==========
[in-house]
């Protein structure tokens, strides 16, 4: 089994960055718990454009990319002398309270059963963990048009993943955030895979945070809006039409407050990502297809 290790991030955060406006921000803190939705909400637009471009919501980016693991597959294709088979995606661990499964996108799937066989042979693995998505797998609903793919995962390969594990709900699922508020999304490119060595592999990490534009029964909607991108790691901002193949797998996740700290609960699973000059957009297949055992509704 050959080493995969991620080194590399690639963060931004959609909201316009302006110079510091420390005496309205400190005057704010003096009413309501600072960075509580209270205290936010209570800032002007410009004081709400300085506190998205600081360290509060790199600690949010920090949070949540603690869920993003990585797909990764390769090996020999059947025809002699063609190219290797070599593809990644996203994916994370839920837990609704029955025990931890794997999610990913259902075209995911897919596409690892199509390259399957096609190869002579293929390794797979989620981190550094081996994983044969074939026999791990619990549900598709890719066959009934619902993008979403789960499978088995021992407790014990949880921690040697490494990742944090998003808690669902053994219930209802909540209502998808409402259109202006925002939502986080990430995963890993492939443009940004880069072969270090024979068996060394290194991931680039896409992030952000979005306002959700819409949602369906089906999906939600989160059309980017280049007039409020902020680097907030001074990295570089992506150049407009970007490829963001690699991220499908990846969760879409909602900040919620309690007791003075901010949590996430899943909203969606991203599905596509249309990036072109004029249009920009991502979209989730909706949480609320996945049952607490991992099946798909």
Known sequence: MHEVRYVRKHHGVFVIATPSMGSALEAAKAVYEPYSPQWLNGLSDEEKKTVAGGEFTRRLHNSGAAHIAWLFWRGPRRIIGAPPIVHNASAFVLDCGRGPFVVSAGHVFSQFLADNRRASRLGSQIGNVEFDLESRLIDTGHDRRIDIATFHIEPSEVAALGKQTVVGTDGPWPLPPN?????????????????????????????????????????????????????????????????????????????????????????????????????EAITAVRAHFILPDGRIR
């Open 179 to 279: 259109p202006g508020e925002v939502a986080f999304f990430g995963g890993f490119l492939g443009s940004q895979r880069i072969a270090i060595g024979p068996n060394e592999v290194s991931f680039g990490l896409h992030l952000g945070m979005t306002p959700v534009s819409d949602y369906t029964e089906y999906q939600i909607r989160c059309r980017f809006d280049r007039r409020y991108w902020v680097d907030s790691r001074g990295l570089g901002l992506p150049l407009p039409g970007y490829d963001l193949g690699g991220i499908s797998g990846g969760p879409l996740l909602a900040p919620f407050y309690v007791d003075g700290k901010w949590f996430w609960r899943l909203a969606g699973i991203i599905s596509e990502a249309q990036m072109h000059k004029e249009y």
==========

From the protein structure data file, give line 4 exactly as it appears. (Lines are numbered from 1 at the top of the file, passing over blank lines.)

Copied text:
């Open 179 to 279: 259109p202006g508020e925002v939502a986080f999304f990430g995963g890993f490119l492939g443009s940004q895979r880069i072969a270090i060595g024979p068996n060394e592999v290194s991931f680039g990490l896409h992030l952000g945070m979005t306002p959700v534009s819409d949602y369906t029964e089906y999906q939600i909607r989160c059309r980017f809006d280049r007039r409020y991108w902020v680097d907030s790691r001074g990295l570089g901002l992506p150049l407009p039409g970007y490829d963001l193949g690699g991220i499908s797998g990846g969760p879409l996740l909602a900040p919620f407050y309690v007791d003075g700290k901010w949590f996430w609960r899943l909203a969606g699973i991203i599905s596509e990502a249309q990036m072109h000059k004029e249009y």